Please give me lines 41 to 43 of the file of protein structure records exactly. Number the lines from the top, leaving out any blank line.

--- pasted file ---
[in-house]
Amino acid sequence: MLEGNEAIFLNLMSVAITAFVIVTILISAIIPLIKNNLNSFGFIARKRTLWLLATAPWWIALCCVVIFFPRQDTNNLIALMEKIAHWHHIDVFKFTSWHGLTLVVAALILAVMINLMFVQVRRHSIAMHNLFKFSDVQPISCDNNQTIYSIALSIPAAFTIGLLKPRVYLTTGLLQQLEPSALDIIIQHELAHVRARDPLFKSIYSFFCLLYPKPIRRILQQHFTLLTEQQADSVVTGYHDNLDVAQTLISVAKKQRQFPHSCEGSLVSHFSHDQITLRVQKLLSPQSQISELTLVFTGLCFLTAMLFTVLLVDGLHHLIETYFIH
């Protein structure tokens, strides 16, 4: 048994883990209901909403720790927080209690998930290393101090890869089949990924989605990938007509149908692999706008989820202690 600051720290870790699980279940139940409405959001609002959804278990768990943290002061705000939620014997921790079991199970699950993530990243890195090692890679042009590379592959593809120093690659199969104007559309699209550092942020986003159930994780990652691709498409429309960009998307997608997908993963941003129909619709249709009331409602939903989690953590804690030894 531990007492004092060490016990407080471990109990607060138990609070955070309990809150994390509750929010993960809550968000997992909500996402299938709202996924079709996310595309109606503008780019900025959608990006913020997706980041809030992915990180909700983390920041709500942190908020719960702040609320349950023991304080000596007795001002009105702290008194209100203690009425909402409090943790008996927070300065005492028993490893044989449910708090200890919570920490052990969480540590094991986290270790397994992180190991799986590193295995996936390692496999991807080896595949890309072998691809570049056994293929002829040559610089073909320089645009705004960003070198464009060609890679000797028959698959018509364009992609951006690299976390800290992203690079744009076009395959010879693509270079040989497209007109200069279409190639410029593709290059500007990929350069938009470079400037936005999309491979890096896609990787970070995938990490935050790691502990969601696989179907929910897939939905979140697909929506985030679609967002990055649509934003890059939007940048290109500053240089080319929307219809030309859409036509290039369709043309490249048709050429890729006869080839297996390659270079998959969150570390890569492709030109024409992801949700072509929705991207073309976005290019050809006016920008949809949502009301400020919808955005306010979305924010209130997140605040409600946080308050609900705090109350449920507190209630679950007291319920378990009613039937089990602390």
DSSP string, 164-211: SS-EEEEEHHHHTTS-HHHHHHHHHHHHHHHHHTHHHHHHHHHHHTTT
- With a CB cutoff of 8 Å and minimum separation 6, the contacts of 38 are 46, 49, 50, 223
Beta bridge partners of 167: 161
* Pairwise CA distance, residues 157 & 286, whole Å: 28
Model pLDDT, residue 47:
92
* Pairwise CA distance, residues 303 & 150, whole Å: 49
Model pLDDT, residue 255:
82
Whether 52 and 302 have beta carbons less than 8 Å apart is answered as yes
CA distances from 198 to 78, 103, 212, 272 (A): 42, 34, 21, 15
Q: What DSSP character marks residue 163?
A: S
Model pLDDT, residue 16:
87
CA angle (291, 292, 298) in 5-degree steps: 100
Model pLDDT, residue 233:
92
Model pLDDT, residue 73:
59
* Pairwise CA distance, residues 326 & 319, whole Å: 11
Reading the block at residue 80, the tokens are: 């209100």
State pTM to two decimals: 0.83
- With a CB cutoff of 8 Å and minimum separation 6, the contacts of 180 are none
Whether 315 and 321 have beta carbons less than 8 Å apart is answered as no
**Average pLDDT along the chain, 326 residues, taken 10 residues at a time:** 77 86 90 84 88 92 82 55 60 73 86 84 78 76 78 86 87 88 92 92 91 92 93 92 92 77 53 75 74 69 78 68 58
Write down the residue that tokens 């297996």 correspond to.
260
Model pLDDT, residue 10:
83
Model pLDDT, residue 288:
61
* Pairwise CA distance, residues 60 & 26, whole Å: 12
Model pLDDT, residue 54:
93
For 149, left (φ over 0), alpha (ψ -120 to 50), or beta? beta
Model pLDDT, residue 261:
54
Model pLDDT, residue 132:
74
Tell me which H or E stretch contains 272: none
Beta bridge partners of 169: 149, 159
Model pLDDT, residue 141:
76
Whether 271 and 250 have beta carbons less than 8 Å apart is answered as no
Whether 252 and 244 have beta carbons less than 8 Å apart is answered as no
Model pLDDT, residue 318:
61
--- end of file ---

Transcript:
54
Model pLDDT, residue 132:
74